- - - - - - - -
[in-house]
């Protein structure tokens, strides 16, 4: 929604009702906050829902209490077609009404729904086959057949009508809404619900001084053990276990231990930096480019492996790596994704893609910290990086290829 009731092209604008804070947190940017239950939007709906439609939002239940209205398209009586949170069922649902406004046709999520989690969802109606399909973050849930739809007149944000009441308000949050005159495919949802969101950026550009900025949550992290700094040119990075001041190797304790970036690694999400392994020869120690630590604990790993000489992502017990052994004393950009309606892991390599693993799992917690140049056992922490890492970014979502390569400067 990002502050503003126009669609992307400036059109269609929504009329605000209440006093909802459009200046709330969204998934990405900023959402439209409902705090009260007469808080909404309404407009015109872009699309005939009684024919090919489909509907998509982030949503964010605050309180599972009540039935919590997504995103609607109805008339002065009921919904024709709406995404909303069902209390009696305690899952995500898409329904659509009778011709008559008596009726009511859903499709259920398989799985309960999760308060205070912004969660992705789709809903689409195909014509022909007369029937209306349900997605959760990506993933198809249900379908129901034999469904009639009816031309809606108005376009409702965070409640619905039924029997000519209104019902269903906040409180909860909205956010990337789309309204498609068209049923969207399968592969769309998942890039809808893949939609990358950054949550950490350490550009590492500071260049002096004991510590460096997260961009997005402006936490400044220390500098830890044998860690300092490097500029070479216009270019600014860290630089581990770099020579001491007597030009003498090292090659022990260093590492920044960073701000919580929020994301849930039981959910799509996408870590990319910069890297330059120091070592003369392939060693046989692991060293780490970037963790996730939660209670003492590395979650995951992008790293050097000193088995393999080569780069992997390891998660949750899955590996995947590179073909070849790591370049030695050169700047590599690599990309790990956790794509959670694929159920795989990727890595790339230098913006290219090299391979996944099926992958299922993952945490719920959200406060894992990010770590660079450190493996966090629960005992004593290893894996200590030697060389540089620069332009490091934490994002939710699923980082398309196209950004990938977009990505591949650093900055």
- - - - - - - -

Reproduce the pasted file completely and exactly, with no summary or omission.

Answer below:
[in-house]
């Protein structure tokens, strides 16, 4: 929604009702906050829902209490077609009404729904086959057949009508809404619900001084053990276990231990930096480019492996790596994704893609910290990086290829 009731092209604008804070947190940017239950939007709906439609939002239940209205398209009586949170069922649902406004046709999520989690969802109606399909973050849930739809007149944000009441308000949050005159495919949802969101950026550009900025949550992290700094040119990075001041190797304790970036690694999400392994020869120690630590604990790993000489992502017990052994004393950009309606892991390599693993799992917690140049056992922490890492970014979502390569400067 990002502050503003126009669609992307400036059109269609929504009329605000209440006093909802459009200046709330969204998934990405900023959402439209409902705090009260007469808080909404309404407009015109872009699309005939009684024919090919489909509907998509982030949503964010605050309180599972009540039935919590997504995103609607109805008339002065009921919904024709709406995404909303069902209390009696305690899952995500898409329904659509009778011709008559008596009726009511859903499709259920398989799985309960999760308060205070912004969660992705789709809903689409195909014509022909007369029937209306349900997605959760990506993933198809249900379908129901034999469904009639009816031309809606108005376009409702965070409640619905039924029997000519209104019902269903906040409180909860909205956010990337789309309204498609068209049923969207399968592969769309998942890039809808893949939609990358950054949550950490350490550009590492500071260049002096004991510590460096997260961009997005402006936490400044220390500098830890044998860690300092490097500029070479216009270019600014860290630089581990770099020579001491007597030009003498090292090659022990260093590492920044960073701000919580929020994301849930039981959910799509996408870590990319910069890297330059120091070592003369392939060693046989692991060293780490970037963790996730939660209670003492590395979650995951992008790293050097000193088995393999080569780069992997390891998660949750899955590996995947590179073909070849790591370049030695050169700047590599690599990309790990956790794509959670694929159920795989990727890595790339230098913006290219090299391979996944099926992958299922993952945490719920959200406060894992990010770590660079450190493996966090629960005992004593290893894996200590030697060389540089620069332009490091934490994002939710699923980082398309196209950004990938977009990505591949650093900055």